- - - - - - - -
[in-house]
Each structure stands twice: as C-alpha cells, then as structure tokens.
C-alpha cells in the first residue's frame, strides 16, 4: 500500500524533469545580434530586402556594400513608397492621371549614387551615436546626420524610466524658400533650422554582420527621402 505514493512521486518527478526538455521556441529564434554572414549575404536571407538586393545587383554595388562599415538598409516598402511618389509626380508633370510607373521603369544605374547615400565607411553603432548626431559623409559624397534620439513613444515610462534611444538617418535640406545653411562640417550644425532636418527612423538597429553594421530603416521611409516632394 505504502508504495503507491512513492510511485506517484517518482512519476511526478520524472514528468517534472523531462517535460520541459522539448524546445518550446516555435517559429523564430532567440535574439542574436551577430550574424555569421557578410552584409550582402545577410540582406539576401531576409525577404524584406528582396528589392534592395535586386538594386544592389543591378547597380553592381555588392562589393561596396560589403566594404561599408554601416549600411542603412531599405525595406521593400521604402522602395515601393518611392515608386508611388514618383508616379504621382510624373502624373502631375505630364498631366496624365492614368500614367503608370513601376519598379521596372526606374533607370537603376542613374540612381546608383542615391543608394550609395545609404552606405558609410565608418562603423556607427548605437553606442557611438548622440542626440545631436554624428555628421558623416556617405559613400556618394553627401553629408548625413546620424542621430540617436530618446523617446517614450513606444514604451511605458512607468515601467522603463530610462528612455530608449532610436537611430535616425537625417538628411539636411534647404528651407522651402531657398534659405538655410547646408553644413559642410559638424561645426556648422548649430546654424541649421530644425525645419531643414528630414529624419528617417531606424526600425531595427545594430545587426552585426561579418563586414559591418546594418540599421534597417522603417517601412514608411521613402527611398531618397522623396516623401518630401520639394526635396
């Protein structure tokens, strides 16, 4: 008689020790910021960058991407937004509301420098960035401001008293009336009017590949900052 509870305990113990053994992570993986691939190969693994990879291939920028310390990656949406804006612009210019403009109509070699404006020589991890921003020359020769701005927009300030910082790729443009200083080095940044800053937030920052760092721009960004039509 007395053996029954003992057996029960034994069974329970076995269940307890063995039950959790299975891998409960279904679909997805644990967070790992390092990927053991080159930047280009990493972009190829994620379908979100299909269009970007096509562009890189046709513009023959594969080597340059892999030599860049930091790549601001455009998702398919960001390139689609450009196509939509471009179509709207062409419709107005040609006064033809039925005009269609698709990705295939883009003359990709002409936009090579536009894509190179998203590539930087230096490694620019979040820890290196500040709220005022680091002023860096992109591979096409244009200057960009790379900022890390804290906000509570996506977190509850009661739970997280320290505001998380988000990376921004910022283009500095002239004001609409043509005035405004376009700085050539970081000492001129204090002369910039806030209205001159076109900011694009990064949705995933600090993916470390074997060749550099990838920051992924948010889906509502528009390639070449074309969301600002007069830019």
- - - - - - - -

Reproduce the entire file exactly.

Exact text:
[in-house]
Each structure stands twice: as C-alpha cells, then as structure tokens.
C-alpha cells in the first residue's frame, strides 16, 4: 500500500524533469545580434530586402556594400513608397492621371549614387551615436546626420524610466524658400533650422554582420527621402 505514493512521486518527478526538455521556441529564434554572414549575404536571407538586393545587383554595388562599415538598409516598402511618389509626380508633370510607373521603369544605374547615400565607411553603432548626431559623409559624397534620439513613444515610462534611444538617418535640406545653411562640417550644425532636418527612423538597429553594421530603416521611409516632394 505504502508504495503507491512513492510511485506517484517518482512519476511526478520524472514528468517534472523531462517535460520541459522539448524546445518550446516555435517559429523564430532567440535574439542574436551577430550574424555569421557578410552584409550582402545577410540582406539576401531576409525577404524584406528582396528589392534592395535586386538594386544592389543591378547597380553592381555588392562589393561596396560589403566594404561599408554601416549600411542603412531599405525595406521593400521604402522602395515601393518611392515608386508611388514618383508616379504621382510624373502624373502631375505630364498631366496624365492614368500614367503608370513601376519598379521596372526606374533607370537603376542613374540612381546608383542615391543608394550609395545609404552606405558609410565608418562603423556607427548605437553606442557611438548622440542626440545631436554624428555628421558623416556617405559613400556618394553627401553629408548625413546620424542621430540617436530618446523617446517614450513606444514604451511605458512607468515601467522603463530610462528612455530608449532610436537611430535616425537625417538628411539636411534647404528651407522651402531657398534659405538655410547646408553644413559642410559638424561645426556648422548649430546654424541649421530644425525645419531643414528630414529624419528617417531606424526600425531595427545594430545587426552585426561579418563586414559591418546594418540599421534597417522603417517601412514608411521613402527611398531618397522623396516623401518630401520639394526635396
């Protein structure tokens, strides 16, 4: 008689020790910021960058991407937004509301420098960035401001008293009336009017590949900052 509870305990113990053994992570993986691939190969693994990879291939920028310390990656949406804006612009210019403009109509070699404006020589991890921003020359020769701005927009300030910082790729443009200083080095940044800053937030920052760092721009960004039509 007395053996029954003992057996029960034994069974329970076995269940307890063995039950959790299975891998409960279904679909997805644990967070790992390092990927053991080159930047280009990493972009190829994620379908979100299909269009970007096509562009890189046709513009023959594969080597340059892999030599860049930091790549601001455009998702398919960001390139689609450009196509939509471009179509709207062409419709107005040609006064033809039925005009269609698709990705295939883009003359990709002409936009090579536009894509190179998203590539930087230096490694620019979040820890290196500040709220005022680091002023860096992109591979096409244009200057960009790379900022890390804290906000509570996506977190509850009661739970997280320290505001998380988000990376921004910022283009500095002239004001609409043509005035405004376009700085050539970081000492001129204090002369910039806030209205001159076109900011694009990064949705995933600090993916470390074997060749550099990838920051992924948010889906509502528009390639070449074309969301600002007069830019």